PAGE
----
Written by Max Crisfield

How rewilding our human experience can make for better lives and a healthier planet.

I think most of us would agree, at least in principle, that connecting with nature is a positive thing.

It makes us feel good. It calms us, it soothes us, it puts the complexities and urgency of our lives in some sort of perspective. It gives us clarity and space to breathe. It elicits awe. It resets us, reboots us and reminds us that we are part of the big picture, not separate from it. 

So how and why then have we become so alienated from the natural world? Why, according to research cited by Green MP Caroline Lucas in a 2018 Times editorial, do children in the UK spend less time outside than prisoners? Why did that same piece of research find that one in nine children in England had not visited a park, forest, beach or any other natural environment for at least twelve months? And why, in his bestselling 2005 US non-fiction book Last Child in the Woods, did author Richard Louv conclude that an entire generation of American children were being ‘raised indoors’. 

Young girl in dress walking through Sussex woodland with ferns
Take a walk on the wild side

All of this makes sobering reading. Indeed, to those of us born in a pre-digital world, those who tend to look back at our own childhoods as halcyon days building dens, climbing trees and idling about on rope swings, it paints a pretty sorry picture. But is this just a case of one generation wishing upon the next the type of childhood that it had experienced? Or likes to think that it had experienced. Because if we are truly honest about it, if we remove our nostalgia specs for just a moment, did any of us actually have this sort of childhood? Wasn’t it all a little less Swallows and Amazons and just a tad more Grange Hill?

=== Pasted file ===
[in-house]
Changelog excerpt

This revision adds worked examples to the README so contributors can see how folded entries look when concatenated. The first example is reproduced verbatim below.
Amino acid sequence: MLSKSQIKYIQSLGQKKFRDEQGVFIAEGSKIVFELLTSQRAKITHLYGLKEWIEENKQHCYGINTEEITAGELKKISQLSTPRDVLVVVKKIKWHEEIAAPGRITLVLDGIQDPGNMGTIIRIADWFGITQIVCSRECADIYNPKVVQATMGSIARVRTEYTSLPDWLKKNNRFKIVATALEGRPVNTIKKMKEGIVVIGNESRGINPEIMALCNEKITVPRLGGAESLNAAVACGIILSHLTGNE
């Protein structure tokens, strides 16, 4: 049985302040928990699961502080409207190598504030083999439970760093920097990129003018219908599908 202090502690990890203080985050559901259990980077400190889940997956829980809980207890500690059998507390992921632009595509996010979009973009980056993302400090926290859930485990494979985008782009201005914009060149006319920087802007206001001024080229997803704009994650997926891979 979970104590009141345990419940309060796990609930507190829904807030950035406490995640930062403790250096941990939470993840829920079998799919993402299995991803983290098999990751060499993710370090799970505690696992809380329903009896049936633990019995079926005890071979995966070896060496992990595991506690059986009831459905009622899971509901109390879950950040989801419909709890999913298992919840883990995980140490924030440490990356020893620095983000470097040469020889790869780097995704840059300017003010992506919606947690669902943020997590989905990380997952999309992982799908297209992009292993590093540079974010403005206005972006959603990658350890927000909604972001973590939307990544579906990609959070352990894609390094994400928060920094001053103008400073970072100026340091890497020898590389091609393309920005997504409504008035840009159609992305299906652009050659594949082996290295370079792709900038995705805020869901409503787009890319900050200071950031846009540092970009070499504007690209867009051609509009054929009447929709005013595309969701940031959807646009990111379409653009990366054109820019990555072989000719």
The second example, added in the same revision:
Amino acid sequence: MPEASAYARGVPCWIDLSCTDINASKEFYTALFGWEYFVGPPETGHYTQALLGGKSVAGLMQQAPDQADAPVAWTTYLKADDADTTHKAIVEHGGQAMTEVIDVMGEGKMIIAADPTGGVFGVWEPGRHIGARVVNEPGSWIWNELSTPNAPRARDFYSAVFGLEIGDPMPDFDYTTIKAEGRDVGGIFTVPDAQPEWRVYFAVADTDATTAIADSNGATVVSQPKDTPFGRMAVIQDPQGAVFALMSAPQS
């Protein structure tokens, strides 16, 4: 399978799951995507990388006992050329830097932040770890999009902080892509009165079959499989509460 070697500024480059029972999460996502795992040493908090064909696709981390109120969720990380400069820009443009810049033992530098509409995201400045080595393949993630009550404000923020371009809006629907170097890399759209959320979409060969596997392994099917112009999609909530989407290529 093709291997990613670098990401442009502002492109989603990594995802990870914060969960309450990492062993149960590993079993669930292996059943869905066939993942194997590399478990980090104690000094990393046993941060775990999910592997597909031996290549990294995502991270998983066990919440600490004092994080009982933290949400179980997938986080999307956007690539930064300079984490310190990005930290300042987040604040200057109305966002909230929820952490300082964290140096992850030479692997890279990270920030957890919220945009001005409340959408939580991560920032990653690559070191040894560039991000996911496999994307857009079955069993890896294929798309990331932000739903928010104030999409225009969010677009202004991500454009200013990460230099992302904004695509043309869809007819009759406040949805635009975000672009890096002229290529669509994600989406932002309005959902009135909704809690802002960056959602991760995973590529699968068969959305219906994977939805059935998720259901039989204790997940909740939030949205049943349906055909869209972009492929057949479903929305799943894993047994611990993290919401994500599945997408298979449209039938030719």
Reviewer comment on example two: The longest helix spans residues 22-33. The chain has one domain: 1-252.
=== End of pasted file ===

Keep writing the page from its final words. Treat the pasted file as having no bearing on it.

Maybe. But one thing’s for sure: we did spend more time outdoors, if only by dint of the fact that there was nothing else to do. We simply didn’t have the distractions. No Internet. No smart phones. No social media. 


While acknowledging this propensity to airbrush our own memories of childhood, Louv presents compelling evidence for what he terms a Nature Deficit Disorder among our current generation of children. In Last Child in the Woods and two follow-up books, Nature Principle (2011) and Vitamin N (2015), Louv cites a number of key factors which he argues have led to this predicament. These include: 

  • increases in traffic and pollution 
  • poor urban planning and the diminishment of green spaces in our towns and cities
  • increased dependence on digital media for social bonding and entertainment 
  • parental anxieties about their children’s safety

The knock-on effects of which, according to Louv, are leading to ‘a diminished use of the senses, attention difficulties and higher rates of physical and emotional illnesses’. 

And, of course, if we are not connecting to nature, we are not caring for nature. And we can all see where that’s got us and where it’s leading us to.

It’s not only our children who are becoming disassociated from nature. We adults are not faring too well either. How many of us get our nature fix from Spring Watch and David Attenborough documentaries, but rarely set foot on a footpath? How many of us grown-ups are equally addicted to our virtual lives at the expense of our nature connection? Come on, hands up…

Winding costal track with sea and sky
Hastings Country Park

But surely, we weren’t meant to live such sedentary lives, to swap the great outdoors for a life lived in cosy internment? Our DNA would seem to say otherwise. In evolutionary terms we are hardwired to be active, to learn through physical exertion and play, to engage with nature on a deep emotional and visceral level. Edward O. Wilson coined the word biophilia in 1984 to describe just this: a nascent need for nature connection, an inherent human desire to bond with our green and wild spaces.